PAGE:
The Painter and the Thief review – an exultant documentary feature

June 10, 2020
M.N. Miller 0
Film, Film Reviews, Hulu
4

Summary

The Painter and the Thief captures moments of love, redemption, hope, and ultimately, the exultant power of forgiveness.

4

Summary

The Painter and the Thief captures moments of love, redemption, hope, and ultimately, the exultant power of forgiveness.

There are moments of Benjamin Ree’s new documentary, The Painter and the Thief, that begins to overwhelm you almost immediately with its raw emotion. The film has an organic quality fueled by one woman’s remarkable humanity for her fellow human being. There is a singular moment, one that stands tall among the rest, when a tough, stoic exterior is stripped away, and an unfiltered reaction comes pouring out, which is nothing short of exultant.

Director Benjamin Ree’s documentary chronicles the initial robbery of Oslo-based Czechoslovakian artist Barbora Kysilkova’s paintings — “Swan Song” andChloe & Emma.” Initially, Kysilkova is heartbroken, but during the court proceedings, after catching the thief who stole her work, she asks if she can paint him instead of berating him. The man, Karl Bertil-Nordland, a former extreme athlete, has fallen into a downward spiral of substance abuse, and Kysilkova is uncontrollably drawn to him. The unlikely what you could call friendship or attraction is chronicled from there.

The Painter and the Thief is a mesmerizing documentary feature that has much more to do with mental health than the mystery of what happened to the paintings after Bertil-Nordland left with them. Filmed over three years, you can see an actual friendship these two have, which is unusual and feels organic. There is natural therapy at play here, and the camera exposes, just like Kysilkova’s paintings of her thief, who people are in the moment. He is not as bad as he seems, nor is she as altruistic as she plays it — after all, she wants her paintings back and needs the money. Either way, that perfect moment of initially putting aside her own needs for someone else is something the world is in desperate need of and remains in short supply.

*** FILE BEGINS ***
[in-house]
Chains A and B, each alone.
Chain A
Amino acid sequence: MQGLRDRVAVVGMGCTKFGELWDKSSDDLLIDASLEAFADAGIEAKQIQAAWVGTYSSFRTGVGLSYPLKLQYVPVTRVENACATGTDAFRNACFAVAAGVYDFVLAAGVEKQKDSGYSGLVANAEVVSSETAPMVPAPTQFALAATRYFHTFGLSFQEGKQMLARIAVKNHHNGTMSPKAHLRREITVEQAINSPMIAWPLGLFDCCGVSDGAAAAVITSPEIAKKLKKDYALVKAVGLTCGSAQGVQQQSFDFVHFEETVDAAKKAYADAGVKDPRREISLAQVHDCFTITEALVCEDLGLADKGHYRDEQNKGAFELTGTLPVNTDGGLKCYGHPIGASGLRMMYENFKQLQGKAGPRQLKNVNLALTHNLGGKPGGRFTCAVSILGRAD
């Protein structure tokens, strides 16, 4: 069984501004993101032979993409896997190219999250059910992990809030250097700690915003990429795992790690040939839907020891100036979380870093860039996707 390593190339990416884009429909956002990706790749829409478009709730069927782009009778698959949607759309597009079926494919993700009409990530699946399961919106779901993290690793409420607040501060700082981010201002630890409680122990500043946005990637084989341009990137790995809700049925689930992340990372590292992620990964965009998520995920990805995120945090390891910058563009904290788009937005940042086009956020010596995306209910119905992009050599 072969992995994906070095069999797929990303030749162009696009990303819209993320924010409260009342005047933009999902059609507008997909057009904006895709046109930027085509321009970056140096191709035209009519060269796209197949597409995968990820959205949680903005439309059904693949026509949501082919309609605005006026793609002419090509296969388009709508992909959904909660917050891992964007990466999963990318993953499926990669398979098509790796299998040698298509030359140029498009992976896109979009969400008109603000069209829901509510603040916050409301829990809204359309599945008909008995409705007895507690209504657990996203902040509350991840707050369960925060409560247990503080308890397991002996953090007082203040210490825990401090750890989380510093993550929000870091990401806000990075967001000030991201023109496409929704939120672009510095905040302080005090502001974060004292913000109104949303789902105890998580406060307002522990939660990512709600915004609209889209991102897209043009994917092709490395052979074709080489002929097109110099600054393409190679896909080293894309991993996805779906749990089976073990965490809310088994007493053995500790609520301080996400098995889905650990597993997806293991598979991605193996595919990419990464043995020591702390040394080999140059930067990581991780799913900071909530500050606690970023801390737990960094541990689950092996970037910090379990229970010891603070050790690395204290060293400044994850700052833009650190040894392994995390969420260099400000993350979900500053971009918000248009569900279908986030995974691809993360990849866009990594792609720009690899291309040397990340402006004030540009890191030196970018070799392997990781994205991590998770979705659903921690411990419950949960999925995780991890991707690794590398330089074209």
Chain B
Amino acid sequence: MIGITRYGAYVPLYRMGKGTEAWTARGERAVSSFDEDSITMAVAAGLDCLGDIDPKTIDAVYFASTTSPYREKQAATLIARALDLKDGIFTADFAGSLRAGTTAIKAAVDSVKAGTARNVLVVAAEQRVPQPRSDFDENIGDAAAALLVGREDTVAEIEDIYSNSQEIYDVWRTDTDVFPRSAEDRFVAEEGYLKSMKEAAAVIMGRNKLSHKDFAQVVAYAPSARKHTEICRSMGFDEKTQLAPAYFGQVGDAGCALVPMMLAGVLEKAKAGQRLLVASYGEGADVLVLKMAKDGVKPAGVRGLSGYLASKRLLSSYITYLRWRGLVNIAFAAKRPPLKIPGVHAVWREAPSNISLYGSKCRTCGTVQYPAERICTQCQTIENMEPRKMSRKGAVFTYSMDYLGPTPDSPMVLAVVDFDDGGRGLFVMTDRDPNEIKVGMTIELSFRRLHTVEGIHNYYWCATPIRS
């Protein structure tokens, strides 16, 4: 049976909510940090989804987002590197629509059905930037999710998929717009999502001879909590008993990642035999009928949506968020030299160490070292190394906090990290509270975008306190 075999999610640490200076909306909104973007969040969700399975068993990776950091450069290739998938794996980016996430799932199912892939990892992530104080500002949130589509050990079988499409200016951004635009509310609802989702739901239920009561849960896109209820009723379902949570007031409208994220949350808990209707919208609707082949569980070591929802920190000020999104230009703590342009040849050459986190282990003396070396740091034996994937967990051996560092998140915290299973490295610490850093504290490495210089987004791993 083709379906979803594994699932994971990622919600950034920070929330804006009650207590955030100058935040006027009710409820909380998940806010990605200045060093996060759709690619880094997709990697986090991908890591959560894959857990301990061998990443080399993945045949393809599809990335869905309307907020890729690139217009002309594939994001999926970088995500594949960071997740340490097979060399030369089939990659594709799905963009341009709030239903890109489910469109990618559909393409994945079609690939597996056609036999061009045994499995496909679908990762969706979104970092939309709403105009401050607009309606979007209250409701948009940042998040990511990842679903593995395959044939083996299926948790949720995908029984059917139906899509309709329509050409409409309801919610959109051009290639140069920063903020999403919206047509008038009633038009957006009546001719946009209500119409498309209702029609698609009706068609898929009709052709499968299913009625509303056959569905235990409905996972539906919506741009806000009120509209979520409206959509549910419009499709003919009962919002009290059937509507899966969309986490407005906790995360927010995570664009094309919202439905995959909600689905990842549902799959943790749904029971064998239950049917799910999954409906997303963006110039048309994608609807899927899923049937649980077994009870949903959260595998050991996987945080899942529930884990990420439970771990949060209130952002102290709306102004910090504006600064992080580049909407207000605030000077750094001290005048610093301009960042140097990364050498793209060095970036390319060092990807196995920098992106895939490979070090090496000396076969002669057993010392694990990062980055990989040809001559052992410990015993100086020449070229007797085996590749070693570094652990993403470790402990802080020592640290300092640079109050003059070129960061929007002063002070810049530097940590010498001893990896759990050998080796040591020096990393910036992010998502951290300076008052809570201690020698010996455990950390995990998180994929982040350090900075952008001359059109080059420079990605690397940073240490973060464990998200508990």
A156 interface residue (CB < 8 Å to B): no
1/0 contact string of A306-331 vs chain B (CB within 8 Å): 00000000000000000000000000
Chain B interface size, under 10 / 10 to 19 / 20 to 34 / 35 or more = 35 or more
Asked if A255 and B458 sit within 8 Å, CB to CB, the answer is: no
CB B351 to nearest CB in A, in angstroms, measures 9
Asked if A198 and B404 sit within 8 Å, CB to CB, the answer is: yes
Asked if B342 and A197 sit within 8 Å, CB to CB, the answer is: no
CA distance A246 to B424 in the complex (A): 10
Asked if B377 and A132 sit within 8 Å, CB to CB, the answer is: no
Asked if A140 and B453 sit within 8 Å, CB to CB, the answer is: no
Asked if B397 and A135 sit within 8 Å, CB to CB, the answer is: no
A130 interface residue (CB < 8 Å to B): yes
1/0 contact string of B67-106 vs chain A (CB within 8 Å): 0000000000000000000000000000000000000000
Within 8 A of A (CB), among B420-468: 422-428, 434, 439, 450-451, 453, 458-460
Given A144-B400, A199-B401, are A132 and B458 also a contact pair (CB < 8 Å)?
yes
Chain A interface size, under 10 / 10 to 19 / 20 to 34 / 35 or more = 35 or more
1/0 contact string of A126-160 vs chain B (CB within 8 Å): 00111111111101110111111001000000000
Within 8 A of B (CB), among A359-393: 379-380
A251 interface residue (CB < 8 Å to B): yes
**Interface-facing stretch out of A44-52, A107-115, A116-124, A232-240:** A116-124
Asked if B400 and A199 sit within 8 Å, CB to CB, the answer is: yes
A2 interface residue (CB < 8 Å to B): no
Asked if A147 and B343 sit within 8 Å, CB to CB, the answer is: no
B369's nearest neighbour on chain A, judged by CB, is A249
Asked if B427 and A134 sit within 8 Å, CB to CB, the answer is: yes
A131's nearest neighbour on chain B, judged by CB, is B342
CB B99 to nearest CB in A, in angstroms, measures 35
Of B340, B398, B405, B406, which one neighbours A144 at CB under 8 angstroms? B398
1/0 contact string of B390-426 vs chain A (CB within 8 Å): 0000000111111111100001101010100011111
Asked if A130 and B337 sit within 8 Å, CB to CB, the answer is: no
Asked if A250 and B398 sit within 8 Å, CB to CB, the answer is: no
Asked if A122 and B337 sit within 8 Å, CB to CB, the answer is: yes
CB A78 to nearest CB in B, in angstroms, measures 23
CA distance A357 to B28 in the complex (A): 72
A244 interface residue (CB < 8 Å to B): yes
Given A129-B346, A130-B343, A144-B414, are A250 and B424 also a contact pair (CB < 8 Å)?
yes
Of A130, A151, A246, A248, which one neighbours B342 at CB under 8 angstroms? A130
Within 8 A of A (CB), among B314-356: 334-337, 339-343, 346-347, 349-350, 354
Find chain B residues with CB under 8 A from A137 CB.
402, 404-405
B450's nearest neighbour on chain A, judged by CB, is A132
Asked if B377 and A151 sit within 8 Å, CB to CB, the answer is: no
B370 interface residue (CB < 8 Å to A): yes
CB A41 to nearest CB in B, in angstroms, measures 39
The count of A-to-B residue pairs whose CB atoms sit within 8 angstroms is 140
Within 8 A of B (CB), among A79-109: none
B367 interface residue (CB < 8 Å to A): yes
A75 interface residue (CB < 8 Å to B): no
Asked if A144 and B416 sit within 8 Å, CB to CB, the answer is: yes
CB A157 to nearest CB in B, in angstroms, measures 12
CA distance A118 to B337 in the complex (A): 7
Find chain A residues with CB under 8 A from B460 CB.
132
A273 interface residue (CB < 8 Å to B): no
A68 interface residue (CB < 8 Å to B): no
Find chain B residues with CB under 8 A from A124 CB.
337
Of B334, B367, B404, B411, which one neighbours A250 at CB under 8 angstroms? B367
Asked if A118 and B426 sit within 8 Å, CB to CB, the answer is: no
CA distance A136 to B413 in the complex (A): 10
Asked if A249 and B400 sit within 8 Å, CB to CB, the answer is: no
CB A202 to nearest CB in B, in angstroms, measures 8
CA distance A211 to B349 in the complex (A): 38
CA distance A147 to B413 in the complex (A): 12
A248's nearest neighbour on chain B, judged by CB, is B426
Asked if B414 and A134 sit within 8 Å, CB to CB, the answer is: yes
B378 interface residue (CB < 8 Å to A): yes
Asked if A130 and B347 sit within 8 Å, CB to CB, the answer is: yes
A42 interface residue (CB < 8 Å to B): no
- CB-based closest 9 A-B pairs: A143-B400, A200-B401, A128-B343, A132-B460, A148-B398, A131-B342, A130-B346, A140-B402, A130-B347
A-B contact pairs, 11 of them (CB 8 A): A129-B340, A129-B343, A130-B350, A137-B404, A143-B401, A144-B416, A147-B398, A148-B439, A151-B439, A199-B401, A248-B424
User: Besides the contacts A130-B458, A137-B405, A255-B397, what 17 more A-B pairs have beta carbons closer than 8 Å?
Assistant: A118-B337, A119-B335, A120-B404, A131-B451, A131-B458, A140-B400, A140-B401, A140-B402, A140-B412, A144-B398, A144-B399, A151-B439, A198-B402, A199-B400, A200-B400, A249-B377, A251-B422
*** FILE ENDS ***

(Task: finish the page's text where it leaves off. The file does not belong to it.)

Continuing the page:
While Ree’s lens captures scenes honestly, the last act of his feature has the opposite effect. My complaint with many documentaries is that some will recreate scenes with actors or the real subjects begin to “play” for the camera — to the point that happens here. For instance, (spoiler) when one of the paintings miraculously turns up, it feels staged. The end of the film also has a quality of both subjects being forced to talk again after a long absence to put a sweet little bow on the film’s story.

It does prevent the documentary from becoming a perfect one, even though you can argue great art has its flaws. Those are not enough to downgrade the experience entirely, and it does capture the unusual unspoken attraction these two have (think of any romantic drama or comedy with the girl going for the bad-boy, or to a greater extent, in Capote where Truman has a connection with his subject, Perry Smith) of connected broken souls.

As I said above, what separates The Painter and the Thief from many other nonfiction films is its humanity, the ability to change someone’s life for the better instead of throwing away the key. The film is jubilant in how it captures moments of endearing love, moving redemption, robust hope, and ultimately the striking power of joyous forgiveness — let it overwhelm you.


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